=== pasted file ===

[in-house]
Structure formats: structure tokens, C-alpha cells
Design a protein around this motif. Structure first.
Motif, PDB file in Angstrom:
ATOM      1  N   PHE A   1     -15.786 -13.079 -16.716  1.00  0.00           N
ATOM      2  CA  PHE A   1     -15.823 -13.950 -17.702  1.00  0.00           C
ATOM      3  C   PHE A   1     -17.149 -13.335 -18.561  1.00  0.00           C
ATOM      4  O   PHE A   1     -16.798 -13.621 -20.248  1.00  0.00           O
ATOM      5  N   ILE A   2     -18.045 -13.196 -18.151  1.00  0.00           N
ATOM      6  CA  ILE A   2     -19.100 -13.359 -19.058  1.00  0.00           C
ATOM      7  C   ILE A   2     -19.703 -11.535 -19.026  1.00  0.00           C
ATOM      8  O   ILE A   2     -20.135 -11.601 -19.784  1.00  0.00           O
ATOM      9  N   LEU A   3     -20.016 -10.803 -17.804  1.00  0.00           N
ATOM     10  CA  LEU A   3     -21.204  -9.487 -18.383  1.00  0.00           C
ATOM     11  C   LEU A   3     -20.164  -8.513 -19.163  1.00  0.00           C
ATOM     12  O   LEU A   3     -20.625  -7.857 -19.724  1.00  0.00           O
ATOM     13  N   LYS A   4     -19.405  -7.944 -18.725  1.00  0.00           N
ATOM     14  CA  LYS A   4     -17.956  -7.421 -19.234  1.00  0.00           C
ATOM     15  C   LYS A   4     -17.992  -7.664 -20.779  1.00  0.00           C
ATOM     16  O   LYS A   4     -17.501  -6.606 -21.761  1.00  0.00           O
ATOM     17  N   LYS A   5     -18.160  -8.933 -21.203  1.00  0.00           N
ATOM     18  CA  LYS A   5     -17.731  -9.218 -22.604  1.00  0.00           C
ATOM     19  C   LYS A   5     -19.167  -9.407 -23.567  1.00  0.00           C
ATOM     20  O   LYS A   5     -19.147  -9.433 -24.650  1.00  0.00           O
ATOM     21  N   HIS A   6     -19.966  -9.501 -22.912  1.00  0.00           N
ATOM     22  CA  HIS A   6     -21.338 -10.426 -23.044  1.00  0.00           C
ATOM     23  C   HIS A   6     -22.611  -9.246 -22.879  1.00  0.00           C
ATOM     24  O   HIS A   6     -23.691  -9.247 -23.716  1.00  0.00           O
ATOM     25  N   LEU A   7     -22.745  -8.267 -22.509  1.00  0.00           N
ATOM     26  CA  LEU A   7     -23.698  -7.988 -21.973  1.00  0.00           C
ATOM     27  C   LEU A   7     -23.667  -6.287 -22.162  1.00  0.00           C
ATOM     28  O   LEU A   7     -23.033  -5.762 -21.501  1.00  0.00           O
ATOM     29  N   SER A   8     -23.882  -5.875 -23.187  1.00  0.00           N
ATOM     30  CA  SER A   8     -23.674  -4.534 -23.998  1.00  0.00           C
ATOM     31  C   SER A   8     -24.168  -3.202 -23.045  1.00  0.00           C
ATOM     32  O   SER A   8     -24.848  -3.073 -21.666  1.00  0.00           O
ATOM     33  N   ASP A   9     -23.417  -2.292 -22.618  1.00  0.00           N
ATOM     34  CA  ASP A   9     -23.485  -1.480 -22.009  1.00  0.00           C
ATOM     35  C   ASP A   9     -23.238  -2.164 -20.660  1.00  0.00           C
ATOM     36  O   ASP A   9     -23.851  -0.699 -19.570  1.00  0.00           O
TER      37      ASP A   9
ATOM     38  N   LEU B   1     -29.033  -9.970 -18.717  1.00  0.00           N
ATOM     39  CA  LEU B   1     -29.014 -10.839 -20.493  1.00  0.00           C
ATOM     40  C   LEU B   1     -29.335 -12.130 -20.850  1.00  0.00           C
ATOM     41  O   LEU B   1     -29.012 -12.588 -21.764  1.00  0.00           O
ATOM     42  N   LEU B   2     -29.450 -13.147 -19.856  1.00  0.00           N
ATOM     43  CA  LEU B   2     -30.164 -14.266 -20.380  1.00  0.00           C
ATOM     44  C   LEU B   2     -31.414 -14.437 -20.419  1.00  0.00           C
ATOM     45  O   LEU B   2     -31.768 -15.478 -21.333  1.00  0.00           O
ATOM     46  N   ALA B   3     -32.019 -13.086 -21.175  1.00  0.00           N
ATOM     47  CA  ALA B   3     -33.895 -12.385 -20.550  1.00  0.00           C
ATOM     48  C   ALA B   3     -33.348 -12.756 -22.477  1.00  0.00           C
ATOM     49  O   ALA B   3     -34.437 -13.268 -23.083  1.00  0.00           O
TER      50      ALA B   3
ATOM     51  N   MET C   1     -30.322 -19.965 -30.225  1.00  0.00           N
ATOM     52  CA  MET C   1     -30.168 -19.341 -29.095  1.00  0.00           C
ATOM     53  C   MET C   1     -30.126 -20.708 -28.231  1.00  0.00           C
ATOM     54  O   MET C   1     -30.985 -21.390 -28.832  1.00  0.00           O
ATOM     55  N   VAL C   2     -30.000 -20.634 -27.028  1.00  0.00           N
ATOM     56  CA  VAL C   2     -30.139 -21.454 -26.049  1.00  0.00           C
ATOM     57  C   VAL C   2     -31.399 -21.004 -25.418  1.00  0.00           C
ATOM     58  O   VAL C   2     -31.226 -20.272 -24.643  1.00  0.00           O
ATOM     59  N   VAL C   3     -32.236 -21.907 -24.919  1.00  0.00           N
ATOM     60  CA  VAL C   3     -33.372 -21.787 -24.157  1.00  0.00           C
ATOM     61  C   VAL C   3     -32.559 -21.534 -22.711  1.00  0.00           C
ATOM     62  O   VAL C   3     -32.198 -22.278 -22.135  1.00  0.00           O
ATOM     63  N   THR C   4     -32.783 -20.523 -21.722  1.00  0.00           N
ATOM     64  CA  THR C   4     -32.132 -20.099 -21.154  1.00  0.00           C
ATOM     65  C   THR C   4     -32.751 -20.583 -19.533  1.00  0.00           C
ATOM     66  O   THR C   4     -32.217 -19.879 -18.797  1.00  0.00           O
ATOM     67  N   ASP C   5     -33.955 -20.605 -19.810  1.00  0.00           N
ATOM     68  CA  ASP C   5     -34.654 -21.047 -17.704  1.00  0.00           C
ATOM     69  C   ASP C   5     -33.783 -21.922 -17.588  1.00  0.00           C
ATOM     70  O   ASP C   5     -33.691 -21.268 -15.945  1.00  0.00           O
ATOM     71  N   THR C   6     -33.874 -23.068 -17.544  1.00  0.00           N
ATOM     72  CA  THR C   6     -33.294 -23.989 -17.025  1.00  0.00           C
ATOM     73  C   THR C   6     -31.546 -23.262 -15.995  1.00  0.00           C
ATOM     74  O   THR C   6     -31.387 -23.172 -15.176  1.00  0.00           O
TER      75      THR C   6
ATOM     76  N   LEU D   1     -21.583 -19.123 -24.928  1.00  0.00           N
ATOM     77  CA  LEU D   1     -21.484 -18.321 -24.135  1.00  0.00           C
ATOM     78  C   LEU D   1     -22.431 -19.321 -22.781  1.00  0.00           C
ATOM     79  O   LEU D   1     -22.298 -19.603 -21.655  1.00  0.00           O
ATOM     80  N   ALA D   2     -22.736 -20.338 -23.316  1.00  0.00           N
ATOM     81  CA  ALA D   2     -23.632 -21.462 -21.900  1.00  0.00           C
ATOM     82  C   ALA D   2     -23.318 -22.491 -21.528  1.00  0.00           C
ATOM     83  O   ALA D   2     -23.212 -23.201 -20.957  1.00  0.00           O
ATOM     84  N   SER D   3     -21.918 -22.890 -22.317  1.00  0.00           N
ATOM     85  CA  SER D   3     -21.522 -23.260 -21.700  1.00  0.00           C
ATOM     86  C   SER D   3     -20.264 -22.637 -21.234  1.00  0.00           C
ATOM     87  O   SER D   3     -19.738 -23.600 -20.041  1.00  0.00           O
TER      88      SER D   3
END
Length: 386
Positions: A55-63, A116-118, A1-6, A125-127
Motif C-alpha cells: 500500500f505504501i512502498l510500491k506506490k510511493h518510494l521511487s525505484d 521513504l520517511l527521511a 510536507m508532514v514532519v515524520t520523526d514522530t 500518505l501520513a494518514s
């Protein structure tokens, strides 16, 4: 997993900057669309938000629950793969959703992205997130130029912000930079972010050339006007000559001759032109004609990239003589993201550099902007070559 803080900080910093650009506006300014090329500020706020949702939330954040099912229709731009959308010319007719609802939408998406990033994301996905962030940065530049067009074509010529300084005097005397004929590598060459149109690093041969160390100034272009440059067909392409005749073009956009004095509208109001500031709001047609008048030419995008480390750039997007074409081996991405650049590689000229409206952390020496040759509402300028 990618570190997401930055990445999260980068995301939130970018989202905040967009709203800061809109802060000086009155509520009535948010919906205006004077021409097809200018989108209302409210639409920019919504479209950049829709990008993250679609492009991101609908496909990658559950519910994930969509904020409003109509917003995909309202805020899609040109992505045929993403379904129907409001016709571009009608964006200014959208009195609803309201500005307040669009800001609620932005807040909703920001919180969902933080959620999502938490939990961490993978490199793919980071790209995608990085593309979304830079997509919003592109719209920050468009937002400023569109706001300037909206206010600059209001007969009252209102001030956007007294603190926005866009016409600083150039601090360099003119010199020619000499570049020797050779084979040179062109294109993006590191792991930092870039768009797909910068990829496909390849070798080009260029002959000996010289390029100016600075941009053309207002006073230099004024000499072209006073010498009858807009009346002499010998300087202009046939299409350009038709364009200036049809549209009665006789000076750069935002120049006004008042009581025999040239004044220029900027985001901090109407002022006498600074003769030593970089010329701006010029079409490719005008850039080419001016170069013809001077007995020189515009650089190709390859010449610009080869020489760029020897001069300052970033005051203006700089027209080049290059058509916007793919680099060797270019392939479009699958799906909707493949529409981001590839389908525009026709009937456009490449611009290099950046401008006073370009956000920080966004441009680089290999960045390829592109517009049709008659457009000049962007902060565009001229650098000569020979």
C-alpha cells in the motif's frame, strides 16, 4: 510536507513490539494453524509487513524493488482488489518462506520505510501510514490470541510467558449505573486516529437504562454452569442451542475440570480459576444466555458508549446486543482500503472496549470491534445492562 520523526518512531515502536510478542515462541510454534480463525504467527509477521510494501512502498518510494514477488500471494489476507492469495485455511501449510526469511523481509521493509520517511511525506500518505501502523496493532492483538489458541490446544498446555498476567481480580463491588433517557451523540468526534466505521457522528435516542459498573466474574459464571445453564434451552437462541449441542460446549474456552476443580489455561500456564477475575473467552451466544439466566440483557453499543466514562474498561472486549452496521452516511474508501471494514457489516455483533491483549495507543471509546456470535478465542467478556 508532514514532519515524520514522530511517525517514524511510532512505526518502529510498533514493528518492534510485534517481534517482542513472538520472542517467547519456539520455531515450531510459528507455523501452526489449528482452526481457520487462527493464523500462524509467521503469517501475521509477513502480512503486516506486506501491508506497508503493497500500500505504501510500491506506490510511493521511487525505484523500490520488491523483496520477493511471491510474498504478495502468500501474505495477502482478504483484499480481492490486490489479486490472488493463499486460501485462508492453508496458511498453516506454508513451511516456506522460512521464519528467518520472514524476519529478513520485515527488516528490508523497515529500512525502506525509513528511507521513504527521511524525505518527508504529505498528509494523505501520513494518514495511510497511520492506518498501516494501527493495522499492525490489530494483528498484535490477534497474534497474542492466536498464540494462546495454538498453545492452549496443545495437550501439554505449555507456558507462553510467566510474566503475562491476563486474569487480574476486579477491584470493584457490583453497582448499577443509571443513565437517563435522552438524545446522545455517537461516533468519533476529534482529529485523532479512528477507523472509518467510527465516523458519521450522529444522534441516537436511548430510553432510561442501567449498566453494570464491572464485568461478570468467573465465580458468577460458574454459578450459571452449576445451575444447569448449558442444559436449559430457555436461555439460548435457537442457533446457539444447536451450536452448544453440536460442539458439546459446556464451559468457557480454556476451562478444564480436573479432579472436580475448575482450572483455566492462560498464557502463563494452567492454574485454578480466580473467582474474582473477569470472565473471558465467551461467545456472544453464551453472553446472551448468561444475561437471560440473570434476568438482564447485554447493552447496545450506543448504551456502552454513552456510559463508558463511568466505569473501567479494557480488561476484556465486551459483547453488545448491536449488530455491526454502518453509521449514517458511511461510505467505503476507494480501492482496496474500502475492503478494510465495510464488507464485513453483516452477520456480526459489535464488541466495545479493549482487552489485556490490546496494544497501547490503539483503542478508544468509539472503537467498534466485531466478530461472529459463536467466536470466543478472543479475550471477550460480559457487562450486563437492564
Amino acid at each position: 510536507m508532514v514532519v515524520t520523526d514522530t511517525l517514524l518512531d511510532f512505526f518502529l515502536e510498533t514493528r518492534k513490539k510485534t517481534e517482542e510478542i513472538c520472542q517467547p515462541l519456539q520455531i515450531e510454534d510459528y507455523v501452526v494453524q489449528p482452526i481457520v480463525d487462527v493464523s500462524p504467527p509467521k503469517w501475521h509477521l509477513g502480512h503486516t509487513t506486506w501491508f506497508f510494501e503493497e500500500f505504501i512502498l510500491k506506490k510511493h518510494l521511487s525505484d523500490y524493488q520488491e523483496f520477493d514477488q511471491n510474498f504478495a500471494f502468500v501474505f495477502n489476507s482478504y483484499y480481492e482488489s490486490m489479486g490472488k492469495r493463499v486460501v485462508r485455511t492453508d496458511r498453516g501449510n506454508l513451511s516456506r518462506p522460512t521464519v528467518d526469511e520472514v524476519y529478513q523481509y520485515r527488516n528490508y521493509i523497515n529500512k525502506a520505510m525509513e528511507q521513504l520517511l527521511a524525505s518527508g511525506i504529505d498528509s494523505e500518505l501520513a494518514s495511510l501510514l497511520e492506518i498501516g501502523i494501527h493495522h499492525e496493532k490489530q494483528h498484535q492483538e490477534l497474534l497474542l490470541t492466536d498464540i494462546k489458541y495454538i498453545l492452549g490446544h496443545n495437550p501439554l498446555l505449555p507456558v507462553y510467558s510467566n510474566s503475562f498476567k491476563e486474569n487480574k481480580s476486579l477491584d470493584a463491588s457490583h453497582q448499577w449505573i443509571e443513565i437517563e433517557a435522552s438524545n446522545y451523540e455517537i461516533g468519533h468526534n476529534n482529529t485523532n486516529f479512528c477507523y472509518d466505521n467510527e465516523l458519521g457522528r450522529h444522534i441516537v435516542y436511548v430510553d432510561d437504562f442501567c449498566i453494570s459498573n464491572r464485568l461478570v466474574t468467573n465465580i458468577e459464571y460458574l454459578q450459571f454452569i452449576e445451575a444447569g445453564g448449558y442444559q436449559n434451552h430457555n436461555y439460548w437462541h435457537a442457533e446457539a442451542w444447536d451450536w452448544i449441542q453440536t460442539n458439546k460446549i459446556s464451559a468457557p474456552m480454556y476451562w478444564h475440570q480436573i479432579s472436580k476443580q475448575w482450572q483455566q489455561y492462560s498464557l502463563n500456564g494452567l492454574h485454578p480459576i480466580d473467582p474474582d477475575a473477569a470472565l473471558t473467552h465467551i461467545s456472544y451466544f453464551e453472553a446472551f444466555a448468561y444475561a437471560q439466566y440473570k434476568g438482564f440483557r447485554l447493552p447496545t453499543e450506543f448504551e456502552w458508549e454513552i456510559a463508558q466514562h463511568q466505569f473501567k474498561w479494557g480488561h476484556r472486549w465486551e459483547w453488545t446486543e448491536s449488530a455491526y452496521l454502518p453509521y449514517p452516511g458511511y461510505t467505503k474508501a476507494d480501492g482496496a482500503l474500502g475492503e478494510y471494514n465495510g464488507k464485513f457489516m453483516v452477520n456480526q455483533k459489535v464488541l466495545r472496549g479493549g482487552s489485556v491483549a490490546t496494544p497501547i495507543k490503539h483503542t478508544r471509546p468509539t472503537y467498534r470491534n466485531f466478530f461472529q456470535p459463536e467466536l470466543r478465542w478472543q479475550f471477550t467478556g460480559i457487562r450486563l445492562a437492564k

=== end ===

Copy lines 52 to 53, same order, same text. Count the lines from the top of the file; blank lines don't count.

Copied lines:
ATOM     48  C   ALA B   3     -33.348 -12.756 -22.477  1.00  0.00           C
ATOM     49  O   ALA B   3     -34.437 -13.268 -23.083  1.00  0.00           O